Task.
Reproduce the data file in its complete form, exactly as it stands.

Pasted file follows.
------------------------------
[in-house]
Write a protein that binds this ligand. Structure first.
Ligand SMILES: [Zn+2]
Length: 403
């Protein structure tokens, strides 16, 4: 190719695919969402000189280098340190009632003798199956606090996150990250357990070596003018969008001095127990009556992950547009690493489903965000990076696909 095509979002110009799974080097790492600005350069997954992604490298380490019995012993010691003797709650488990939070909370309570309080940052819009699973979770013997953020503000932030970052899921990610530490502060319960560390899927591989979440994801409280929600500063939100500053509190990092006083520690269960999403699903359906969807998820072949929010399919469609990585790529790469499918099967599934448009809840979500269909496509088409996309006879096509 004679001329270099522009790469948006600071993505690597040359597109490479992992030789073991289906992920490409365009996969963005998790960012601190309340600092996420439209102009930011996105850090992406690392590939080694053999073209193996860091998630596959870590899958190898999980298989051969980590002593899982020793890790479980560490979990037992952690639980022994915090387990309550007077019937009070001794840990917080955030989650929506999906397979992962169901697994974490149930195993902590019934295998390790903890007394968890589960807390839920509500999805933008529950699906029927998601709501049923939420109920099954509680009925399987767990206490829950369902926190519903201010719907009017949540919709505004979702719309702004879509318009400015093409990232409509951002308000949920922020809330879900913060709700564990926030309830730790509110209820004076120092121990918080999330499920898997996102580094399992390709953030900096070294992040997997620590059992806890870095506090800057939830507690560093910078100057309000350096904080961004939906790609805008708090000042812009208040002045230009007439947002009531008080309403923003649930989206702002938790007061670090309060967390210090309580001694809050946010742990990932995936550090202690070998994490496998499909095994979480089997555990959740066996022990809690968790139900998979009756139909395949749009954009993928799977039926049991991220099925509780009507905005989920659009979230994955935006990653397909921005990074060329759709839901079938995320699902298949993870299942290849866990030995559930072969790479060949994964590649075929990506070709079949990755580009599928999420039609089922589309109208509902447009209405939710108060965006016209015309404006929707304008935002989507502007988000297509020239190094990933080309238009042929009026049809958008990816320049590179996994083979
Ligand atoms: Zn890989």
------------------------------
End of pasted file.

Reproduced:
[in-house]
Write a protein that binds this ligand. Structure first.
Ligand SMILES: [Zn+2]
Length: 403
């Protein structure tokens, strides 16, 4: 190719695919969402000189280098340190009632003798199956606090996150990250357990070596003018969008001095127990009556992950547009690493489903965000990076696909 095509979002110009799974080097790492600005350069997954992604490298380490019995012993010691003797709650488990939070909370309570309080940052819009699973979770013997953020503000932030970052899921990610530490502060319960560390899927591989979440994801409280929600500063939100500053509190990092006083520690269960999403699903359906969807998820072949929010399919469609990585790529790469499918099967599934448009809840979500269909496509088409996309006879096509 004679001329270099522009790469948006600071993505690597040359597109490479992992030789073991289906992920490409365009996969963005998790960012601190309340600092996420439209102009930011996105850090992406690392590939080694053999073209193996860091998630596959870590899958190898999980298989051969980590002593899982020793890790479980560490979990037992952690639980022994915090387990309550007077019937009070001794840990917080955030989650929506999906397979992962169901697994974490149930195993902590019934295998390790903890007394968890589960807390839920509500999805933008529950699906029927998601709501049923939420109920099954509680009925399987767990206490829950369902926190519903201010719907009017949540919709505004979702719309702004879509318009400015093409990232409509951002308000949920922020809330879900913060709700564990926030309830730790509110209820004076120092121990918080999330499920898997996102580094399992390709953030900096070294992040997997620590059992806890870095506090800057939830507690560093910078100057309000350096904080961004939906790609805008708090000042812009208040002045230009007439947002009531008080309403923003649930989206702002938790007061670090309060967390210090309580001694809050946010742990990932995936550090202690070998994490496998499909095994979480089997555990959740066996022990809690968790139900998979009756139909395949749009954009993928799977039926049991991220099925509780009507905005989920659009979230994955935006990653397909921005990074060329759709839901079938995320699902298949993870299942290849866990030995559930072969790479060949994964590649075929990506070709079949990755580009599928999420039609089922589309109208509902447009209405939710108060965006016209015309404006929707304008935002989507502007988000297509020239190094990933080309238009042929009026049809958008990816320049590179996994083979
Ligand atoms: Zn890989």